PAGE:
Electric Field Intensity on the axial and equatorial line of an electric dipole.

**What is an Axial Line?**

The axial line is the line that unites the centers of positive and negative charges that form an electric dipole. Consider an electric dipole consisting of +q and -q charges separated by a distance. Consider a point D at a distance ‘r’ from the center O of the dipole on the axial line of the dipole.

Let a unit positive charge be placed at point D.

First of all, we find the electric field at point D due to both the charges.

- Electric field intensity at D due to +q charge is given by

- Electric field intensity at D due to -q charge is given by

Applying principle of superposition, the net electric field intensity at point D is given by

If r >>>>>

then,

Electric Field Intensity at a point on the equatorial line of an electric dipole.

This position is also known as ‘Broad-side-on position’.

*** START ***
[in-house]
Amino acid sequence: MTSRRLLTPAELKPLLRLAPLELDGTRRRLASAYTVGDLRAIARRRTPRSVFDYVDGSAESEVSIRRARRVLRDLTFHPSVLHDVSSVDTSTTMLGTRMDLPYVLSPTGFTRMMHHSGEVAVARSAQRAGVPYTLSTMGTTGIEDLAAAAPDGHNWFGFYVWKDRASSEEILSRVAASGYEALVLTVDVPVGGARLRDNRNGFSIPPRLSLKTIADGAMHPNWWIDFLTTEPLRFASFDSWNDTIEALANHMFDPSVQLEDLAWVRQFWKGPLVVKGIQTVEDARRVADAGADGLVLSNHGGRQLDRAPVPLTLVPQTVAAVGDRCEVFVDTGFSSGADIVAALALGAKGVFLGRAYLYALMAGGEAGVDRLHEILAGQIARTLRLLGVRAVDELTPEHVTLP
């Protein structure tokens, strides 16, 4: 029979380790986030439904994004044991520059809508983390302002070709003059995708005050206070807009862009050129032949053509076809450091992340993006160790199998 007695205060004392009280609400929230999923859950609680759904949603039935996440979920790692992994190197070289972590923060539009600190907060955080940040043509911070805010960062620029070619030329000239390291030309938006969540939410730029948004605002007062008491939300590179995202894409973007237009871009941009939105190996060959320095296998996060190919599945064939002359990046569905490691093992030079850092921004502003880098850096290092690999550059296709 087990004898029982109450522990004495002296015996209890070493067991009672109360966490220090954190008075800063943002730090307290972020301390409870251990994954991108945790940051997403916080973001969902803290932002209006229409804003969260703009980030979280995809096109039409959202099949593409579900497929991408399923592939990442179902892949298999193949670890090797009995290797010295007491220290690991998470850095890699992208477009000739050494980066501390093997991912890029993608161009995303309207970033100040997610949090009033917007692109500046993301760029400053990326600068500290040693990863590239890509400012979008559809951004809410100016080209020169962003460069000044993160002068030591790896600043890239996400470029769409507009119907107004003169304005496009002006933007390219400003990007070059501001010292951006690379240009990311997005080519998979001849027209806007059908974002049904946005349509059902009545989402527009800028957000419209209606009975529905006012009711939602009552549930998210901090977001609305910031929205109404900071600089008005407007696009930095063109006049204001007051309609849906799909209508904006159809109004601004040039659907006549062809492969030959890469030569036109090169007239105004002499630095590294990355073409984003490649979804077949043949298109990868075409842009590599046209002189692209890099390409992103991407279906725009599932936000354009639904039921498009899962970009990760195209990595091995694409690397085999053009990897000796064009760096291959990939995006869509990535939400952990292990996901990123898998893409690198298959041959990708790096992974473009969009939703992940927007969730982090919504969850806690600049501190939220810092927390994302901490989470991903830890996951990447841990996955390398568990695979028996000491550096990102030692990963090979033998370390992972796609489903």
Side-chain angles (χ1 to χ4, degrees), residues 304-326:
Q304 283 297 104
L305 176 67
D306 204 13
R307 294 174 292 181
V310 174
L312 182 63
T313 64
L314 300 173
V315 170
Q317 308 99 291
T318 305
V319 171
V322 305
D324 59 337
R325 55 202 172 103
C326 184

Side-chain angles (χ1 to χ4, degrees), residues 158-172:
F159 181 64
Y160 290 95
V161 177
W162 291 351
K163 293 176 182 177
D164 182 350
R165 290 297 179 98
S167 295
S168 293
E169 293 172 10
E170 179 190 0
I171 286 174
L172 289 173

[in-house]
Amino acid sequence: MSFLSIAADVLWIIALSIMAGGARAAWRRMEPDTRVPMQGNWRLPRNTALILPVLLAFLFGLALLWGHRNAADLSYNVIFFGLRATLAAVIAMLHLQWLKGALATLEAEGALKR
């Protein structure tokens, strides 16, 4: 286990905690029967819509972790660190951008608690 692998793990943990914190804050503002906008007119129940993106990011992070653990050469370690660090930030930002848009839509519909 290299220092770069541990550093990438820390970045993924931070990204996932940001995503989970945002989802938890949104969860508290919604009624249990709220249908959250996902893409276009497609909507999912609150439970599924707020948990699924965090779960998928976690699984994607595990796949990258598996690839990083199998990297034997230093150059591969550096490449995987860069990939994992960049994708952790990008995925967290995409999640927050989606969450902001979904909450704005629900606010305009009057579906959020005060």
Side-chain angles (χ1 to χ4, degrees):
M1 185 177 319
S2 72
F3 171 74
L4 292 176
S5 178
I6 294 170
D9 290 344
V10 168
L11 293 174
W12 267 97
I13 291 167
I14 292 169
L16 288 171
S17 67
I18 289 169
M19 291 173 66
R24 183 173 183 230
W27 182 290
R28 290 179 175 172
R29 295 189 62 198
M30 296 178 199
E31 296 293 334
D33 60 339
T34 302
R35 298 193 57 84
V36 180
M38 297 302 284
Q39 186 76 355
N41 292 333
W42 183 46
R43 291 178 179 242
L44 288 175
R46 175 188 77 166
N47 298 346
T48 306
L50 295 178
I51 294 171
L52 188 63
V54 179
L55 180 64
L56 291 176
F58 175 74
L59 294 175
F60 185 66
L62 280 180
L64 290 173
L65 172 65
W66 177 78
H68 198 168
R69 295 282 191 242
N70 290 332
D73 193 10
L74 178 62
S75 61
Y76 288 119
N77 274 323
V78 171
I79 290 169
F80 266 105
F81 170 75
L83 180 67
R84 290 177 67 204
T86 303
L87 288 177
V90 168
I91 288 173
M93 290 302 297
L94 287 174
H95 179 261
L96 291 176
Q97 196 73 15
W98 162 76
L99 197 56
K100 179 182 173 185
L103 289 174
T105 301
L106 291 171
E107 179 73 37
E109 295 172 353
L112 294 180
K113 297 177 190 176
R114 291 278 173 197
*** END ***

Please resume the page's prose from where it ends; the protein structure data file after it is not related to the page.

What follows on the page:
**What is an Equatorial Line?**

The line that is perpendicular to the axial line and passes through the center of the electric dipole length is called an Equatorial Line.

Consider an electric dipole AB consisting of +q and -q charges separated by a distance.

Let P be the point on the equatorial line at a distance r from the center O of the dipole. A unit positive charge is placed at P.

First of all, we find the electric field at point P due to both the charges

- Electric field intensity at P due to +q charge is given by

- Electric field intensity at P due to -q charge is given by

(E1) and (E2) are inclined at an angle of 2θ. Applying parallelogram law of vector addition. As

The net electric field intensity (E) due to the electric dipole at point P.

If r <<<<<

then,

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